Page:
Not so tech savvy! Teens are falling prey to online scams FASTER than their grandparents because they are more TRUSTING of the Internet having grown up with it, new study claims
- A study found Generation Z falls for online scammers faster than boomers
- Fraud among those 20 and younger spiked 156% since 2017
- This is compared to the 112% rise among those age 60 or older
- Complaints from the under-20s to the FBI’s Internet Crime Complaint Center amounted to about 23,200 last year, which cost them $71 million in losses
Members of Generation Z – those 20 and younger who grew up with smartphones and the internet – fall much faster for online scams than their grandparents do, a new study finds.
Social Catfish, an online identify-verification service, found cyber-fraud among this group, which is supposed be tech savvy, surged 156 percent since 2017, compared to the 112 percent rise among those age 60 or older.
Complaints from the under-20s to the FBI’s Internet Crime Complaint Center amounted to about 23,200 last year, a huge increase from 9,000 in 2017.
It also cost Generation Z roughly $71 million in losses – compared to $8.3 million in 2017.
However, the boomer generation still had the most complaints – 105,300 – that collectively cost the 60 or older group $966 million.
Though the two generations are at the top of the list, the study found Americans of all ages were scammed out of $4.2 billion in 2020, with those living in California losing the most.
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Social Catfish , an online identify-verification service, found cyber-fraud among this group, which should be tech savvy, surged 156 percent since 2017, compared to the 112 percent among those age 60 or older
This may be due to many spending extra time online due to some type of stay-at-home order last year that was caused by the still lingering coronavirus pandemic.
‘Scammers create a variety of tricks to scam people out of their hard-earned money,’ Social Catfish noted in its study.
‘They create fake profiles and go onto social media platforms, dating sites and online gaming apps to start conversations with their victims.
‘They use a pre-made script to talk to their victims called the scammer’s playbook.’
Complaints from the under-20s to the FBI’s Internet Crime Complaint Center amounted to about 23,200 last year, a huge increase from 9,000 in 2017, which also cost them roughly $71 million in losses – compared to $8.3 million in 2017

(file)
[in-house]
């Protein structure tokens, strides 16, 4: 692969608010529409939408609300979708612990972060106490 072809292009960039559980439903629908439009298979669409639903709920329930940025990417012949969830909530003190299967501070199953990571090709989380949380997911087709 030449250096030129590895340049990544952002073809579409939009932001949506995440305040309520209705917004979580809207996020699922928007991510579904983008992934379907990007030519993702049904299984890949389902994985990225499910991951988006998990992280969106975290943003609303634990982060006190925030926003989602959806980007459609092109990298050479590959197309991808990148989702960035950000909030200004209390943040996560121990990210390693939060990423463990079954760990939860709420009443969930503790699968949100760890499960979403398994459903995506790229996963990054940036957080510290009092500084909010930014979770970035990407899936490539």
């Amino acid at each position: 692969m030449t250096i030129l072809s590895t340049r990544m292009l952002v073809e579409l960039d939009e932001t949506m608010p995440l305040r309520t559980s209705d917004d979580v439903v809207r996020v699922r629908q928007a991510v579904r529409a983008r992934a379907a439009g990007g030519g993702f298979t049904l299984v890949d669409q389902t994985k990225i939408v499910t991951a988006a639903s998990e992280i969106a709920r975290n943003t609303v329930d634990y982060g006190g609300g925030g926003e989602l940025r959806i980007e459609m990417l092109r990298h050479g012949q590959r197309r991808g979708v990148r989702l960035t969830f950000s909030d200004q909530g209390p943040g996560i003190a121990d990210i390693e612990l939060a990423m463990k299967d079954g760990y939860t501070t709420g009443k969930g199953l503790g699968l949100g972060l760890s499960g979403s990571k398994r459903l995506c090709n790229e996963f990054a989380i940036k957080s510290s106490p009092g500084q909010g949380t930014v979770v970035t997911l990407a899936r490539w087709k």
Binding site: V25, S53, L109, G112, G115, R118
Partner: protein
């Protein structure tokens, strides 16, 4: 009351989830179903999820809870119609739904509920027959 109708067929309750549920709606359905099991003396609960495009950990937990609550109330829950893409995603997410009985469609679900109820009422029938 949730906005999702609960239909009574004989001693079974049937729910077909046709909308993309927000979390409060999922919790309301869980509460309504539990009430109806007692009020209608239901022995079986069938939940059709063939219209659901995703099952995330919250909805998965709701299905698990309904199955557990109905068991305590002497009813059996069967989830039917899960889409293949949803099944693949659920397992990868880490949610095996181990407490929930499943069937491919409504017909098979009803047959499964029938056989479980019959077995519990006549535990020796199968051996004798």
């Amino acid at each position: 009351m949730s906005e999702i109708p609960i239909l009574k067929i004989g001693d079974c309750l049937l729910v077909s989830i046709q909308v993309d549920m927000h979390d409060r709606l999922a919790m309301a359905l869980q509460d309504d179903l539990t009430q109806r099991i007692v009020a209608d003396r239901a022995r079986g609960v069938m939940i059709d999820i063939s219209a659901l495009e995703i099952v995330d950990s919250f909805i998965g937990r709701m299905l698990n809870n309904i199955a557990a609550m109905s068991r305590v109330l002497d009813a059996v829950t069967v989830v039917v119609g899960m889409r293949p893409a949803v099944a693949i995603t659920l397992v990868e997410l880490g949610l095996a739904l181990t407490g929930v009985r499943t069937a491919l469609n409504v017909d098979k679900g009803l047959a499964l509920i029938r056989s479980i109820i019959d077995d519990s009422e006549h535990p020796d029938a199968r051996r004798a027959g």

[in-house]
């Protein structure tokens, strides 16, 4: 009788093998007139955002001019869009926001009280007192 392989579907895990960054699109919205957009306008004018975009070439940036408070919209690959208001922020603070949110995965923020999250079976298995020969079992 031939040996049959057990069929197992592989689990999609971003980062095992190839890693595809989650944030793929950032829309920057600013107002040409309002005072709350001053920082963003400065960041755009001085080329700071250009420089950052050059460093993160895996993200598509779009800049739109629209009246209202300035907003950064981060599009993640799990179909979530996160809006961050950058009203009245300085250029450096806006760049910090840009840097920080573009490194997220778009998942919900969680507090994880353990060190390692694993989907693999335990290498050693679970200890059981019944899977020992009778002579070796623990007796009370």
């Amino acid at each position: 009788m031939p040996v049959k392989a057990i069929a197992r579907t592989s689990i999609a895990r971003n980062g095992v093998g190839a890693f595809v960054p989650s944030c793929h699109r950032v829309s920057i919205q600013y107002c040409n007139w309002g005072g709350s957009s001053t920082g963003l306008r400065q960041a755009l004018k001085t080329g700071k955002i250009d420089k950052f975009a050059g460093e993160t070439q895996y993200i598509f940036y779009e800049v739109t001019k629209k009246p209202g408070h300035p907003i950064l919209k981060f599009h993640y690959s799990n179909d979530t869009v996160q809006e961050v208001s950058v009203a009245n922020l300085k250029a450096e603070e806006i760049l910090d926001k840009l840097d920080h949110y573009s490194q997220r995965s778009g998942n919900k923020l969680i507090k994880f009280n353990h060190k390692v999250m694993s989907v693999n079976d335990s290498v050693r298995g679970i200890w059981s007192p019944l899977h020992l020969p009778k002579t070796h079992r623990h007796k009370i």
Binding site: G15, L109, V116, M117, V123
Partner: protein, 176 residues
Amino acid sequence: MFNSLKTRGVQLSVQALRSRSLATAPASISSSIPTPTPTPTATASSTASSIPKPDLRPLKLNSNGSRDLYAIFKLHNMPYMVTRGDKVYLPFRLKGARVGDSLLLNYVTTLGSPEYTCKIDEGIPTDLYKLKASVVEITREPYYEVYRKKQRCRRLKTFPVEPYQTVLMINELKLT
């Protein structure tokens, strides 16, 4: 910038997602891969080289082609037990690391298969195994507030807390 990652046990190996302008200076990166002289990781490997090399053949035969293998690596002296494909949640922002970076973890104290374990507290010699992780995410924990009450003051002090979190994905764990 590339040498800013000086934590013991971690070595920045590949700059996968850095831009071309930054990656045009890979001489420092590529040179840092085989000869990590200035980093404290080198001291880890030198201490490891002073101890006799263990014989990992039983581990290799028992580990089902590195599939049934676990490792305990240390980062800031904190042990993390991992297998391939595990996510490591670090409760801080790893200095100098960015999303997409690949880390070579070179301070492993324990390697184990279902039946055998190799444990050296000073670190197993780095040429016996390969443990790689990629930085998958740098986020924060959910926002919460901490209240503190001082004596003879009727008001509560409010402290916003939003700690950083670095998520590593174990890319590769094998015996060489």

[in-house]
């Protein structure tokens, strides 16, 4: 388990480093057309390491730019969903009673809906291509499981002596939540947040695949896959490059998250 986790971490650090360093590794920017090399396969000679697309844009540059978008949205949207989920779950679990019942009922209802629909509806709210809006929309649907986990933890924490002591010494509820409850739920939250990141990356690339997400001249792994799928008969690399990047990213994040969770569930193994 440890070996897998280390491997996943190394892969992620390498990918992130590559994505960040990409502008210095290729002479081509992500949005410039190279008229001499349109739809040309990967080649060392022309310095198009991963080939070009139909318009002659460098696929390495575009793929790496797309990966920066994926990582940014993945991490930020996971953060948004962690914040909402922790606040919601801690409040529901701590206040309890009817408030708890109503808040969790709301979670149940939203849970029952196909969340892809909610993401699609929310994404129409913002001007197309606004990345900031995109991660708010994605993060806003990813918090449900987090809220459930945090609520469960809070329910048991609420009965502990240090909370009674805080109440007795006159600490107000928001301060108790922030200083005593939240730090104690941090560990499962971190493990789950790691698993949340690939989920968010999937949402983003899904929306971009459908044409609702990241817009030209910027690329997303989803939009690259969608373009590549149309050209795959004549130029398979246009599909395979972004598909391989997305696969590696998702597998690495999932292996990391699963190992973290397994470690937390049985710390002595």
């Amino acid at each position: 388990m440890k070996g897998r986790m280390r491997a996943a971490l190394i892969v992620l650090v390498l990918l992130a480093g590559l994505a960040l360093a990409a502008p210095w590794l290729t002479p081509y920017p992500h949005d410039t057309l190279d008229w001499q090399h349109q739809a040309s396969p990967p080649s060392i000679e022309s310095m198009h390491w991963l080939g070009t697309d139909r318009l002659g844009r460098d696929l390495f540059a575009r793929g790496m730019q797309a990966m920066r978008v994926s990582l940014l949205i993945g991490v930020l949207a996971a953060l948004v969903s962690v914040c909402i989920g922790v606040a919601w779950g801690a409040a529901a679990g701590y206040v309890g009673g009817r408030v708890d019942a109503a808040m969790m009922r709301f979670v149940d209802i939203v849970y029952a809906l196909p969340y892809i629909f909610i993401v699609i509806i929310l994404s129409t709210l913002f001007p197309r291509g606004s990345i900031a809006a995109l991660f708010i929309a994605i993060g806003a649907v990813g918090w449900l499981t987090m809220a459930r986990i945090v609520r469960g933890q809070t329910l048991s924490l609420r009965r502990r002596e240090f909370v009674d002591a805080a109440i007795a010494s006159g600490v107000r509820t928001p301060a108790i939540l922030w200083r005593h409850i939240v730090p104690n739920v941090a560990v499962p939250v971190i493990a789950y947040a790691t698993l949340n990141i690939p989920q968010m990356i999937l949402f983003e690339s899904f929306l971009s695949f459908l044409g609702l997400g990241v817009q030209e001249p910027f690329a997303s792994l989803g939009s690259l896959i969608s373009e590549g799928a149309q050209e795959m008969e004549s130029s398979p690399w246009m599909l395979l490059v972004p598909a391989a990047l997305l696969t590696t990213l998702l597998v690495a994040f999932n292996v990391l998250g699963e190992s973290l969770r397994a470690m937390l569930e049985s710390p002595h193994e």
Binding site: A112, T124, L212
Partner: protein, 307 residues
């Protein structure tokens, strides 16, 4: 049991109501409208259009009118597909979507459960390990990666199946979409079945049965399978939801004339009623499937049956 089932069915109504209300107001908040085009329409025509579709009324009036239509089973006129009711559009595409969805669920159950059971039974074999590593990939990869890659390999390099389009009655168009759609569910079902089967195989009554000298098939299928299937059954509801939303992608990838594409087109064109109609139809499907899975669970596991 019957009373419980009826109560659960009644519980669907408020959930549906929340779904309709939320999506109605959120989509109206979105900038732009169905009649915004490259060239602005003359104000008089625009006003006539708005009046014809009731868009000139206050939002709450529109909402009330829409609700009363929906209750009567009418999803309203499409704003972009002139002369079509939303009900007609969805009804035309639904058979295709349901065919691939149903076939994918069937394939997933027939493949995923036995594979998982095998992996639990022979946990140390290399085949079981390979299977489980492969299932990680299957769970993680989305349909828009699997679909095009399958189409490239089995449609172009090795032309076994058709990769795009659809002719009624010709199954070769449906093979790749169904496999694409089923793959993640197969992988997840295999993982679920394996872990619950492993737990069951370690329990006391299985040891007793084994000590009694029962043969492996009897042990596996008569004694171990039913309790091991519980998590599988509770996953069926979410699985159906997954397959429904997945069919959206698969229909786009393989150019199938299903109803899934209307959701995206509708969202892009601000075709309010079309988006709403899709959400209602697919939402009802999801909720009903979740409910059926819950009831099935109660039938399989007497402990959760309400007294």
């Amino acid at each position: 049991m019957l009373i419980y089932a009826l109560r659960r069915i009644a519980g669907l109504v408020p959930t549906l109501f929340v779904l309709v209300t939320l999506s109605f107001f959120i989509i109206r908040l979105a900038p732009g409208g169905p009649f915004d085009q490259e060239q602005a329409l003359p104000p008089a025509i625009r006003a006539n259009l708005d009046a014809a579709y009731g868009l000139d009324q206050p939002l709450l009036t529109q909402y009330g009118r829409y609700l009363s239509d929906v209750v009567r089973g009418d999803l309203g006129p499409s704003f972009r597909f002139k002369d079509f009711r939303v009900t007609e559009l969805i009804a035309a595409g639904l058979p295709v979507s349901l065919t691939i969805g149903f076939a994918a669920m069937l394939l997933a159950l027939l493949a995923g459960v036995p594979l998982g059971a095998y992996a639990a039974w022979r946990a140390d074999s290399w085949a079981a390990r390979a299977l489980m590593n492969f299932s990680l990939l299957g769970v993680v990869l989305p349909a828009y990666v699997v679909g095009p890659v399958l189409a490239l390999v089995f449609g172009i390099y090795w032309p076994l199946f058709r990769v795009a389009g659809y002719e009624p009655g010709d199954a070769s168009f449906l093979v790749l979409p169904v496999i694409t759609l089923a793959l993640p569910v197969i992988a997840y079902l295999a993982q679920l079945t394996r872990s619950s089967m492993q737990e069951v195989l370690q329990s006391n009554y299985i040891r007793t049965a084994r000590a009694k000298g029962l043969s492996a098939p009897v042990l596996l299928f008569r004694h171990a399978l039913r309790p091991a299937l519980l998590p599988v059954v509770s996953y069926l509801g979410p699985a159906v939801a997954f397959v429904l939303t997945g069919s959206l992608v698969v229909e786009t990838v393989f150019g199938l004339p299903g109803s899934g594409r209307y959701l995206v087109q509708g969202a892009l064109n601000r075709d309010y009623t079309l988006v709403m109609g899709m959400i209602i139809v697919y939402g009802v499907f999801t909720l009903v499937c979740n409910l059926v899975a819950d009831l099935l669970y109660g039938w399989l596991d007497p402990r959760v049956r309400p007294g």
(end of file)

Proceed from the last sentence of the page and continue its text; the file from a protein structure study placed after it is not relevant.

However, what may come as shock to most is Generation Z falling of such tricks.
David McClellan, president of Social Catfish, told CNBC: ‘It is alarming.
‘The generation we think of as being the most savvy with the internet … is where the numbers are growing the fastest when it comes to scams.’
‘This age group is very comfortable being online and being very public about their lives.
‘So that makes them very trusting when they’re on the Internet.’
Social Catfish study shows Facebook, Google Hangouts, Instagram, and WhatsApp are the top four platforms where users are scammed and all are used by Generation Z
Although the two generations are at the top of the list, the study found Americans were scammed out of $4.2 billion in 2020, with California losing the most. This may be due to many spending extra time online due to some type of stay-at-home order last year that was caused by the still lingering coronavirus pandemic
The report found dating apps are also filled with fraudsters who get ‘their victims off the app and communicate with them via Google Hangouts to avoid getting reported on the dating app.’
Scammers will also unleashing a technique called phishing, or the act of sending emails and text messages that appear to come from official sources or companies asking victims to share personal information.
The emails are typically sent with fake email addresses that are close to authentic addresses, and include photos and logos that look just like those from real companies.
Most scammers are from Nigeria, China, India, Romania and Mexico, according to Social Catfish.
Don’t get scammed! Social Catfish provides tips on how to not fall for cyber-fraud
- Do not give money to someone on the Internet whom you have never met in person.
- Do not give out your personal information to someone with whom you are talking online.
- Keep updated with resources, such as the State of Internet Scams 2021 Scam Guide.
- Do not trust that someone is who they say they are without at least video chatting with them or meeting them in person first.
- If they have a job overseas, this is a huge red flag that they might be a scammer since they usually use this as an excuse to not see you or video chat with you.
- If someone is randomly contacting you out of the blue on Facebook, Instagram, or Twitter, it usually means that a scammer is on the other side.
- Make sure to have a password manager to create many passwords for your accounts. This will prevent scammers from easily guessing your passwords.
- Use AI technology to find scam emails before they can fool you into thinking they are real.
- Search up your email on our email address reverse search to make sure your information hasn’t been compromised by a data breach.
- If you have been a victim of identity theft, please report your case to IdentityTheft.gov for further assistance in recovering your identity.
- Report any scam that you have been a part of immediately to the FTC, IC3, and FBI.
Source: Social Catfish